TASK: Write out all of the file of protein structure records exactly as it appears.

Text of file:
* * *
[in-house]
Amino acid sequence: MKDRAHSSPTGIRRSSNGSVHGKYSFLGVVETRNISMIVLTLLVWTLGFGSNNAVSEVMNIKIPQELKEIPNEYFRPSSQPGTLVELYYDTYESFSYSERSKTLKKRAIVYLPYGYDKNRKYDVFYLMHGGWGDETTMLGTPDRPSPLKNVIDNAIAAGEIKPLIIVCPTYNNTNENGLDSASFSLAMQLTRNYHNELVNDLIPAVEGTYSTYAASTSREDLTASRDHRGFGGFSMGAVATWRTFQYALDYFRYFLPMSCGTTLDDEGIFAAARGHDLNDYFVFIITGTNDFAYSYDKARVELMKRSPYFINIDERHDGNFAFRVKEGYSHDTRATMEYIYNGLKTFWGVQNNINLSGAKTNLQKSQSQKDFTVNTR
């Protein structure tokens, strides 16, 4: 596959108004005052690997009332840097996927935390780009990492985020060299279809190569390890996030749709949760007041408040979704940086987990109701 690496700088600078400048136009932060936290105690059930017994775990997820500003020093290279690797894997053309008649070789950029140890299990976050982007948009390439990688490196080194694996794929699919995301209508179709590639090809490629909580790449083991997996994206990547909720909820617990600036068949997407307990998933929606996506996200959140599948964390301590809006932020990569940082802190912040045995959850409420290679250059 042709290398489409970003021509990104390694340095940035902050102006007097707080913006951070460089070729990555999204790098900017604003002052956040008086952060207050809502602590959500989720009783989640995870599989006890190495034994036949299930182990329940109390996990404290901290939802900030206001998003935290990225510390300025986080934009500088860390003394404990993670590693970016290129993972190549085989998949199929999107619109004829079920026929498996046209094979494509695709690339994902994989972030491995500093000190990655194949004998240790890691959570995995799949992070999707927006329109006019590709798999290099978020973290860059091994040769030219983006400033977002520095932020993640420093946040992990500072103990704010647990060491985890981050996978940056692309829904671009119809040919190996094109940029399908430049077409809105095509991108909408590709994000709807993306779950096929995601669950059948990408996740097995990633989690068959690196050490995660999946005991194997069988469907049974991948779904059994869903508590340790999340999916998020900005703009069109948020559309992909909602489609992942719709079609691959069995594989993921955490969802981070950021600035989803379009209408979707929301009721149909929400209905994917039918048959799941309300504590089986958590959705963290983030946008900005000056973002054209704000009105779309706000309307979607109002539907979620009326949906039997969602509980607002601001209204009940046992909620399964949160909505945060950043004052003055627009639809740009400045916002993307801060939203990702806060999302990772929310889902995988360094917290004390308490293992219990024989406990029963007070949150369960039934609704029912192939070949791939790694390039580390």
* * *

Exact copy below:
[in-house]
Amino acid sequence: MKDRAHSSPTGIRRSSNGSVHGKYSFLGVVETRNISMIVLTLLVWTLGFGSNNAVSEVMNIKIPQELKEIPNEYFRPSSQPGTLVELYYDTYESFSYSERSKTLKKRAIVYLPYGYDKNRKYDVFYLMHGGWGDETTMLGTPDRPSPLKNVIDNAIAAGEIKPLIIVCPTYNNTNENGLDSASFSLAMQLTRNYHNELVNDLIPAVEGTYSTYAASTSREDLTASRDHRGFGGFSMGAVATWRTFQYALDYFRYFLPMSCGTTLDDEGIFAAARGHDLNDYFVFIITGTNDFAYSYDKARVELMKRSPYFINIDERHDGNFAFRVKEGYSHDTRATMEYIYNGLKTFWGVQNNINLSGAKTNLQKSQSQKDFTVNTR
């Protein structure tokens, strides 16, 4: 596959108004005052690997009332840097996927935390780009990492985020060299279809190569390890996030749709949760007041408040979704940086987990109701 690496700088600078400048136009932060936290105690059930017994775990997820500003020093290279690797894997053309008649070789950029140890299990976050982007948009390439990688490196080194694996794929699919995301209508179709590639090809490629909580790449083991997996994206990547909720909820617990600036068949997407307990998933929606996506996200959140599948964390301590809006932020990569940082802190912040045995959850409420290679250059 042709290398489409970003021509990104390694340095940035902050102006007097707080913006951070460089070729990555999204790098900017604003002052956040008086952060207050809502602590959500989720009783989640995870599989006890190495034994036949299930182990329940109390996990404290901290939802900030206001998003935290990225510390300025986080934009500088860390003394404990993670590693970016290129993972190549085989998949199929999107619109004829079920026929498996046209094979494509695709690339994902994989972030491995500093000190990655194949004998240790890691959570995995799949992070999707927006329109006019590709798999290099978020973290860059091994040769030219983006400033977002520095932020993640420093946040992990500072103990704010647990060491985890981050996978940056692309829904671009119809040919190996094109940029399908430049077409809105095509991108909408590709994000709807993306779950096929995601669950059948990408996740097995990633989690068959690196050490995660999946005991194997069988469907049974991948779904059994869903508590340790999340999916998020900005703009069109948020559309992909909602489609992942719709079609691959069995594989993921955490969802981070950021600035989803379009209408979707929301009721149909929400209905994917039918048959799941309300504590089986958590959705963290983030946008900005000056973002054209704000009105779309706000309307979607109002539907979620009326949906039997969602509980607002601001209204009940046992909620399964949160909505945060950043004052003055627009639809740009400045916002993307801060939203990702806060999302990772929310889902995988360094917290004390308490293992219990024989406990029963007070949150369960039934609704029912192939070949791939790694390039580390």